While we got to discuss many other fascinating things, we wrapped up with some things Alan has seen in his research that has been a surprise to him. His answer is very concise. “I expected, I think, networks to change more than they actually change. So one of the pushbacks we often get is that when you gather this data, you’re gathering a point in time. You’re capturing somebody’s set of interactions at a particular point in time. But one of the things I noticed is that in some places…the sets of relationships that people identify remain actually pretty constant. But it turns out that relationships, while they do change over time, actually there’s some robustness to the relationships that once people establish these patterns of interaction with people, they tend to retain these patterns of interaction with people.”

This goes to show that the relationships we build and invest over years in have enormous impacts on the work we do today.

Outbound Links & Resources Mentioned

This episode page on the Masters of Data podcast and on iTunes

Learn more about Dr. Alan Daly:

http://ucsd.academia.edu/AlanDaly

Learn more about #CommonCore project:

https://www.hashtagcommoncore.com

Learn more about Alan’s book Social Network Theory and Educational Change:

http://www.academia.edu/281108/Social_Network_Theory_and_Educational_Change

Learn more about Dr. Jacob Moreno and his research surrounding the Hudson Camp for Girls:

https://en.wikipedia.org/wiki/Jacob_L._Moreno

Learn more about Dr. Mark Granovetter and his work The Strength of Weak Ties:

https://en.wikipedia.org/wiki/Mark_Granovetter

Key Takeaways

  • Relationships are incredibly important and can change the course of our lives.
  • Pastor’s Quadrant is the intersection of really good theory and empirical work with direct applicability that’s going to make a difference in the world.
  • The quality of our relationships matters and leadership and trust are essential elements to having quality relationships.
  • One relationship, one connection and the quantity of that tie, has the power to open up a new network for us.
  • The Social Network Theory is about looking and examining the kind of social structure and social infrastructure we have in our own lives.
  • In 1932, researcher Joseph Moreno published one of the first sociograms with the Hudson Camp for Girls was in upstate New York which had an issue with students running away and what he found in the end is that the runaway behavior was socially influenced.
  • Relational interactions are core to the work through education. This work is really about people systems. Applying the concept in education is necessary if we are fundamentally committed to making the educational experiences for traditionally marginalized kids better.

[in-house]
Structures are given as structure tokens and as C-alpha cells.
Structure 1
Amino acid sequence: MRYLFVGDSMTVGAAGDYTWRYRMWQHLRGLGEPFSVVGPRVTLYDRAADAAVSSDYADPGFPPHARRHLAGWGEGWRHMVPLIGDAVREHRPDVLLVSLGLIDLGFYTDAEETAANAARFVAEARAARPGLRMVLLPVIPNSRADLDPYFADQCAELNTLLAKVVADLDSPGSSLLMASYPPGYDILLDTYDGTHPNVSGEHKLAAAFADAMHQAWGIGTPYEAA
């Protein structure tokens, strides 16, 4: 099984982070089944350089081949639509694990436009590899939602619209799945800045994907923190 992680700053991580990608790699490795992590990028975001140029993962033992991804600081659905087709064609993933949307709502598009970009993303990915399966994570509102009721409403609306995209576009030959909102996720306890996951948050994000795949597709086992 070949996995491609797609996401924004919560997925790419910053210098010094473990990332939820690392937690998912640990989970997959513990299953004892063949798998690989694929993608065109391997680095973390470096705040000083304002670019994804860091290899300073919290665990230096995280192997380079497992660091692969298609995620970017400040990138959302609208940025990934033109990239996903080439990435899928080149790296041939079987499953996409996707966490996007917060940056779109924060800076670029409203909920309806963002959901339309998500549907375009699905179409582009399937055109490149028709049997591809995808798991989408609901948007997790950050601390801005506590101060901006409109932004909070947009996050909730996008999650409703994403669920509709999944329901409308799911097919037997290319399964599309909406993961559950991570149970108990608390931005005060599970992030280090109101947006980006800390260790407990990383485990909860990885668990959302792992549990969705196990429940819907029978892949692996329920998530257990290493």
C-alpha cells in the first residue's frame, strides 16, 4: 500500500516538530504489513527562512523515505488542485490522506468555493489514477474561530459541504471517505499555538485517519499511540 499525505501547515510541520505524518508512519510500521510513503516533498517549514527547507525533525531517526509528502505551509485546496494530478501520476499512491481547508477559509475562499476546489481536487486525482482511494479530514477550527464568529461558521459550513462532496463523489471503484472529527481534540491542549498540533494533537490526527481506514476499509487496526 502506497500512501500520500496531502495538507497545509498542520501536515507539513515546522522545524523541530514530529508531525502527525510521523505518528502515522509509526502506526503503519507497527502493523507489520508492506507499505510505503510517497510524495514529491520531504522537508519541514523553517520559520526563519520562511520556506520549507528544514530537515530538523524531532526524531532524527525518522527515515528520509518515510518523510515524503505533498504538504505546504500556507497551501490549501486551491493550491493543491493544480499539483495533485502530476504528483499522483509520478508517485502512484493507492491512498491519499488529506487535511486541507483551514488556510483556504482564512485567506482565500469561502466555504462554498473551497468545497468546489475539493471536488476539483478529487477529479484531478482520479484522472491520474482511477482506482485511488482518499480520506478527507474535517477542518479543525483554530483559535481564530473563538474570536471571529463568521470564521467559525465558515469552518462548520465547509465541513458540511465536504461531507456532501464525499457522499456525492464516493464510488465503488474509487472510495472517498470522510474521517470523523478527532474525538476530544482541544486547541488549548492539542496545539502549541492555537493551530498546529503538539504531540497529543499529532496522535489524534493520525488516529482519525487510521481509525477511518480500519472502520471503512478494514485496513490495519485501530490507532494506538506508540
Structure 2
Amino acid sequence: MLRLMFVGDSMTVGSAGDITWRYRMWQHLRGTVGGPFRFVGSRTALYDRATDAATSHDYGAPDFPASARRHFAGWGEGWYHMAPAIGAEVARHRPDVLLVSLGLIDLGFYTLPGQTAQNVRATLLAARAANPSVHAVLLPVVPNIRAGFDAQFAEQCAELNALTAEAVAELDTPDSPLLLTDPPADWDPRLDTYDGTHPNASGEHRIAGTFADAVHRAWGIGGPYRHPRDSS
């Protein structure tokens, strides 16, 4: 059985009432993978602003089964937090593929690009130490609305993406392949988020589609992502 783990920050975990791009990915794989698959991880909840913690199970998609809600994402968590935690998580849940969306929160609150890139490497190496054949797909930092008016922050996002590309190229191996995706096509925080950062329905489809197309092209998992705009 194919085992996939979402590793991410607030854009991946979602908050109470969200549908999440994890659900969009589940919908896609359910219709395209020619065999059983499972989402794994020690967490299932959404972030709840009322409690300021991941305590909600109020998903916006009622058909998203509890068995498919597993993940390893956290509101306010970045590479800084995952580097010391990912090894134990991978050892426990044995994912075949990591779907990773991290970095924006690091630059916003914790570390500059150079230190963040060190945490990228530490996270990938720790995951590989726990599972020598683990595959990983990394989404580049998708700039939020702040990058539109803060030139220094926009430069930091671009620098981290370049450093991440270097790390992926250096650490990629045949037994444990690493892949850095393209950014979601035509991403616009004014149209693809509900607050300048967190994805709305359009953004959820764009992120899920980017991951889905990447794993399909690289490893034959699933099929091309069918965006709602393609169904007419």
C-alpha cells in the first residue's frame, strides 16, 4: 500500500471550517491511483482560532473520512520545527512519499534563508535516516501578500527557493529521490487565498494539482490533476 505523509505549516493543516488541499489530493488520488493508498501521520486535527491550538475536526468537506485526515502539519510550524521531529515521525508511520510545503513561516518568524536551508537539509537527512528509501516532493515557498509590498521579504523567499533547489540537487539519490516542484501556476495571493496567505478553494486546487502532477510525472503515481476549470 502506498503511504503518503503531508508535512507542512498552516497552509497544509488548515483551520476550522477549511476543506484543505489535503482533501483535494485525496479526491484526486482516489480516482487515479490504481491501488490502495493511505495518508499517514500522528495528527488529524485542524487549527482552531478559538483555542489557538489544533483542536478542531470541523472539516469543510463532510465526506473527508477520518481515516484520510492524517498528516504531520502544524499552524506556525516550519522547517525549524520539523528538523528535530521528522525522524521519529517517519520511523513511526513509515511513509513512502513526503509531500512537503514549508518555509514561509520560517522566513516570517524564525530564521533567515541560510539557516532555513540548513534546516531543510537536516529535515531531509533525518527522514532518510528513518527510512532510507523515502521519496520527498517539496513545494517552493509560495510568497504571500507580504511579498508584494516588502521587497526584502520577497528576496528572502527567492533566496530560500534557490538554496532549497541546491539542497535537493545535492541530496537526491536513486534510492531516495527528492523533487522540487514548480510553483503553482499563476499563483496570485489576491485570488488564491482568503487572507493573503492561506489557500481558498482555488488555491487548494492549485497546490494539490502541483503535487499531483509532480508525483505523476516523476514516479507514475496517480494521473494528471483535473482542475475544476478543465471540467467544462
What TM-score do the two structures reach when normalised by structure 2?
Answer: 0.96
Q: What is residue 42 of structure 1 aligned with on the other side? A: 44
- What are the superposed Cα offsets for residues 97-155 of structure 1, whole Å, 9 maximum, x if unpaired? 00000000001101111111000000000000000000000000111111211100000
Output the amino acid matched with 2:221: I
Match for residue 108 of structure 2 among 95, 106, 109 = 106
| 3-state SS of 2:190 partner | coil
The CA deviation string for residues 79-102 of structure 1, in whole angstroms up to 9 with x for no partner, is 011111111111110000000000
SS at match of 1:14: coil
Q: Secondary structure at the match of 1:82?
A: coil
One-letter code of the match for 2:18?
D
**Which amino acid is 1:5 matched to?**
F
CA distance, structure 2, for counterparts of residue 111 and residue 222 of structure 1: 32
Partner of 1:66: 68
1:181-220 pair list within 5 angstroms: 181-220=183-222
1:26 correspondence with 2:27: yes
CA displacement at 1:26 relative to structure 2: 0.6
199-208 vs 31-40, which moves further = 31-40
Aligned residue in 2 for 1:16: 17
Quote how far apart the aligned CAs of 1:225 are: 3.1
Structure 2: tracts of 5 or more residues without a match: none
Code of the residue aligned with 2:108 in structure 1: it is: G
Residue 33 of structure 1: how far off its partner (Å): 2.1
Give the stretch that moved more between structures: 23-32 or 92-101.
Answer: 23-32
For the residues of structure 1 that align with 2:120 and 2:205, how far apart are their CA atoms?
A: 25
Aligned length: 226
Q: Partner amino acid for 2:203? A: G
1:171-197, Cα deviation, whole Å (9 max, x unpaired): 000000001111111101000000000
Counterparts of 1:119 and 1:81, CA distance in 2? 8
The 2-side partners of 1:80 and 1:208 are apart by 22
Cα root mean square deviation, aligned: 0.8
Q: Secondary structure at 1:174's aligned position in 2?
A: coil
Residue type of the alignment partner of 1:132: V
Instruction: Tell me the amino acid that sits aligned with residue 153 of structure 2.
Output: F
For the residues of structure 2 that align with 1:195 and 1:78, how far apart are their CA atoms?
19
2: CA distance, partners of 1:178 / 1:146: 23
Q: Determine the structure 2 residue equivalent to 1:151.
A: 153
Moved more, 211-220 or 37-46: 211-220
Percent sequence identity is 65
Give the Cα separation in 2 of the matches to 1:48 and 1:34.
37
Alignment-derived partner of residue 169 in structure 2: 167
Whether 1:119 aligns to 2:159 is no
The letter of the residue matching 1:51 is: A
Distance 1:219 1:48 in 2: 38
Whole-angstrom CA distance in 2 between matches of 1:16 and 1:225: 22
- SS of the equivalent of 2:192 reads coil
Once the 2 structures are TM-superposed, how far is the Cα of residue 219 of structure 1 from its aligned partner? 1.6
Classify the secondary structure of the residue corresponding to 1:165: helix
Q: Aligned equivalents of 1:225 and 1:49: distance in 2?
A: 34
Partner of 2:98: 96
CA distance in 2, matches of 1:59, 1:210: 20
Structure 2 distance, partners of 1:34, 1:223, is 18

• In educational change, we generally are focused on the human capital element. We think that most things are a knowledge problem, and so we apply knowledge and technical fixes to take care of them. And we don’t pay as much attention to the social capital element.
  • As we think about change, we really have to understand that any change or innovation we want to do, is always layered on top of an existing base state of relationships. And that existing base state of relationships may well determine the uptake, the depth, the speed at which your change wants to take place.
  • If change does not take place, in fact, it may have nothing to do with the idea and everything to do with whether or not the relationships are there to uptake this change or this innovation.
  • When we design policies and we design systems, somehow we forget what’s most obvious and what’s most intuitive to us as human beings-relationships.
  • When people think about change in systems, they think that it has to be some kind of massive overhaul but really small micro experiences and micro-interactions that we have that can fundamentally change systems and change the kinds of relationships that we have. And it’s just kind of small-focused work, that makes a really big difference.
  • The concept of social filter bubbles in your own social circle is what we refer to as homophily; you have some set of values or similarities to the people that are in your own social bubble. And you have an idea what they’re about and what they stand for.